As a diehard Zinfandel fan, I hardheadedly hold out for my idea of the ultimate Zin. The usual press on our heritage grape is that it's a reliable producer of hearty, jammy stuff, while superior examples, expressing the concentrated essence of what it can offer, are maddeningly hard to find. (Mini review for readers unwilling to wade through several paragraphs of palaver to get to the point: Woodenhead makes damn good wine. Pinot, Zin—yum, yum, yum. Now, back to rambling wine talk; that's why I get the big bucks). It was at the ZAP tasting in San Francisco that I first saw Woodenhead. Seem to recall it was neighboring Blockheadia. Yes, it's like rule number one not to prejudge a vintage on the basis of a graphic design-challenged label, but time was short and the wines were many.
Still, seeing one afternoon that this micro-winery had opened a tasting room on River Road piqued my interest because, you know, might be some Zins there. After a U-turn and some wrong turns, we arrived at 4:29pm, but my companion would not get out of the car. With restaurant-industry sensibility, she adamantly refused to walk into a place at closing time.
At a more appropriate hour and in other company, I finally made it to the rambling house that overlooks the Russian River Valley. Inside, it's remodeled in subdued dark earth tones, low-lit, with a little staircase giving it the appearance of a pub stage set. The deck out front looks like an excellent picnic redoubt; bring your own as they only serve a dish of olives. Here I learned that Woodenhead is an old nickname that former deadhead winemaker Nikolai Stez earned for his stubbornness. Nothing to do with, say, barrels. In stainless steel dairy tanks behind the old Topolos Winery he vints only Pinot Noir and Zinfandel, doggedly chipping away at these squirrelly varietals. Must be some magic in those old dairy tanks.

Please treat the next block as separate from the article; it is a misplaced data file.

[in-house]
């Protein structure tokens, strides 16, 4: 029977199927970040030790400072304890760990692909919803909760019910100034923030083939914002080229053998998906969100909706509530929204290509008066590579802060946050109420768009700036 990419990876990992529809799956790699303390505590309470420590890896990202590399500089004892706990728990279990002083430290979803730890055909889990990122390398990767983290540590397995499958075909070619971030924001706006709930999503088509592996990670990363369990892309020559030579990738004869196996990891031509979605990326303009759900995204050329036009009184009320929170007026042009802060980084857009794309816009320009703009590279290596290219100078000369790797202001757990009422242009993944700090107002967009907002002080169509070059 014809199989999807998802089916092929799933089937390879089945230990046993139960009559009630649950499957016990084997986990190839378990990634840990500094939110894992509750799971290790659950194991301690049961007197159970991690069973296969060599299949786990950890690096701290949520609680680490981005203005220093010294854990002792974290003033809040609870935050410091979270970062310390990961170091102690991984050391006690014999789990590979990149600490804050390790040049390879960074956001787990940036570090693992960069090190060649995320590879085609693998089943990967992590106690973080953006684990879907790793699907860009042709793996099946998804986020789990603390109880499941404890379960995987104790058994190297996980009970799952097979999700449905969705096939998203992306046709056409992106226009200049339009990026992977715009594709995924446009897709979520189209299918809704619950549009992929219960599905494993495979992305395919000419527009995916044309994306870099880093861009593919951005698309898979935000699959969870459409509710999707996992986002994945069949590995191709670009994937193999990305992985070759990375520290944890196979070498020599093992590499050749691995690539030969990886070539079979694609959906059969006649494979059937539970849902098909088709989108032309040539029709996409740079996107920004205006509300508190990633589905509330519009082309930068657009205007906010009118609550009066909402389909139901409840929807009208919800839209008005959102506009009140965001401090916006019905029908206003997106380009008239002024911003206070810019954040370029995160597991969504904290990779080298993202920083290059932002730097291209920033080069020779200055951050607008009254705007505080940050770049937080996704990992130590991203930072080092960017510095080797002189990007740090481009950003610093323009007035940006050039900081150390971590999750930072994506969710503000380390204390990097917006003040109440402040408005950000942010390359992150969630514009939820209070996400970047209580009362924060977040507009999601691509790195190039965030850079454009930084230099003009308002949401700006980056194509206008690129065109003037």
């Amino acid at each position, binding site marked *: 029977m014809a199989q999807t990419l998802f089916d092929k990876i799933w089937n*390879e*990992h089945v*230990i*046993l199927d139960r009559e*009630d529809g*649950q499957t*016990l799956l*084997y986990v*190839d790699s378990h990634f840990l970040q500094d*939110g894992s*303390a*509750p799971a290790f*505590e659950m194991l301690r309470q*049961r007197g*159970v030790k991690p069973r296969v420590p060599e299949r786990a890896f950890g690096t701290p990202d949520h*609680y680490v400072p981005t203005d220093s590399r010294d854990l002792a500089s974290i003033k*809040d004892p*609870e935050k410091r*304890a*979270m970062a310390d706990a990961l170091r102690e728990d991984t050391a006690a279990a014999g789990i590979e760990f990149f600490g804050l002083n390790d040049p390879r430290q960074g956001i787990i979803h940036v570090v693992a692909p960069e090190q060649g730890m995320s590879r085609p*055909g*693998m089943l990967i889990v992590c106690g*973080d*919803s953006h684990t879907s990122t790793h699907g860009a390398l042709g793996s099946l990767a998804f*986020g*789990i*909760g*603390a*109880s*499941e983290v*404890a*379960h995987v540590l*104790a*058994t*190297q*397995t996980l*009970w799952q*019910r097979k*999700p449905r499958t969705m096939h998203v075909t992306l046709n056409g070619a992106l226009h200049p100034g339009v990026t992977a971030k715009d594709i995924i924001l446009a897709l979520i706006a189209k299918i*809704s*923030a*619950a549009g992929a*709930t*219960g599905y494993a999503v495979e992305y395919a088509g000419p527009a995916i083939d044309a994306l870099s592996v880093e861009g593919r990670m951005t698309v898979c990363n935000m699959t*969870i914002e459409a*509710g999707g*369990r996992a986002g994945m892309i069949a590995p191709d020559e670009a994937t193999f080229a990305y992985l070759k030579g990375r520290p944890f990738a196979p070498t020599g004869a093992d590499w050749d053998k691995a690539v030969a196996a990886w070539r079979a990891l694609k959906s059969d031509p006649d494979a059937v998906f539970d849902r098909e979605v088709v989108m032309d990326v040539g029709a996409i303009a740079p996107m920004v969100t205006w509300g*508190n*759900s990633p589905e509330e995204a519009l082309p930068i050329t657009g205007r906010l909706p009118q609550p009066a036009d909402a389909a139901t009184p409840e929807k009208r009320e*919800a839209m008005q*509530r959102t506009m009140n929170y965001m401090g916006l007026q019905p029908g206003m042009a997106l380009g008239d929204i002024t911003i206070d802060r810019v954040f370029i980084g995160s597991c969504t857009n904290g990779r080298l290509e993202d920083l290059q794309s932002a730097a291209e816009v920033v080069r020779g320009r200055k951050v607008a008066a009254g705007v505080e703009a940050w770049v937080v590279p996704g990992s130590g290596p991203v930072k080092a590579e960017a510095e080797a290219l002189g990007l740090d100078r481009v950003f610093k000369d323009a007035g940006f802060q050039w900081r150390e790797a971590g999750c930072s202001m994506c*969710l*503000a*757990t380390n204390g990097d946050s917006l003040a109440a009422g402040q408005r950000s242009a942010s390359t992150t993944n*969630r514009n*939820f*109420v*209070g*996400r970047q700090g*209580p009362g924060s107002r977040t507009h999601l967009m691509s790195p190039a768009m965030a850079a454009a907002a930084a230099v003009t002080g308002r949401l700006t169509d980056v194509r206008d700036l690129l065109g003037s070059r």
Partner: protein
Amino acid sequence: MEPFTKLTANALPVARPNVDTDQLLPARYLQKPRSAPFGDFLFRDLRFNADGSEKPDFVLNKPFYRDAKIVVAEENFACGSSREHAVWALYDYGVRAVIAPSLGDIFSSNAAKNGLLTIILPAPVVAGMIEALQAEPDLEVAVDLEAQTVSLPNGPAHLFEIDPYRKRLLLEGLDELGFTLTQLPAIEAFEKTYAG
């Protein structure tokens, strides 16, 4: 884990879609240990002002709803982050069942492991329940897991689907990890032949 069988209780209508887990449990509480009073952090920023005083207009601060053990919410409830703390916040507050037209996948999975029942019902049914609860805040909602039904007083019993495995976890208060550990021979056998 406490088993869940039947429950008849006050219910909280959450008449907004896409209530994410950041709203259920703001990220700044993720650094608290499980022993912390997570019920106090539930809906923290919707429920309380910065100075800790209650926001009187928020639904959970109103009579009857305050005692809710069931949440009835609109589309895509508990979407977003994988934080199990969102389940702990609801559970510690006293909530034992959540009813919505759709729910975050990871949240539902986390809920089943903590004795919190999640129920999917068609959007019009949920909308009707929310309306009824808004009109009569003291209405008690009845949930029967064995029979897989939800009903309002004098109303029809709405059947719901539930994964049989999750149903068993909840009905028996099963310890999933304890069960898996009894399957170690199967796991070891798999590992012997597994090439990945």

The wine? Absolutely frickin' brilliant. On the ultra-premium end of pricing. Dig deep. The 2005 Russian River Valley Pinot Noir ($38) has an allspice nose and lightly meaty, firm palate, The 2004 Wiley Vineyard Anderson Valley Pinot Noir ($46) is a Zin-lover's Pinot, a candied cherry aroma promises and delivers a sweet mouthful of fruit, and the fine dry tannins leave the tongue gullet-bound with reluctant splendor. The 2004 Martinelli Road Old Vine Zinfandel ($40) opens with a lovely aroma of raspberry jelly, the kind that tops a cheesecake and delivers a full gulp of plush rhubarb and raspberry fruit.
And it gets better. At 16 percent alcohol, the 2005 Guido Venturi Mendocino County Zinfandel ($30) is exceptionally balanced, and I forgot what else, because next was the 2005 Braccialani Vineyard Alexander Valley Zinfandel ($35). The riparian, wet, briary aroma evokes a muddy path leading to the edge of the river; a plush river of brambly fruit that washes over the tongue luxuriously, with no complaints on the finish. My notes actually read, "Raspberry velvet love tongue?"
I found myself jealously gripping my glass toward the end of the tasting, although only a drop remained. These are big, but approachable, wines, high in booze decimals but not hot, and layered in fruit with nary a raisin to be found. And there are new releases to come this week, including an intriguing Humboldt County Pinot Noir. I'll be back, and if I'm not feeling so stubborn about my budget (I was kidding about the big bucks), I might even buy a bottle next time.
Address: 5700 River Road, Forestville
Hours: Thursday–Sunday 10:30am to 4:30pm
Price Range: Tasting fee, $5.
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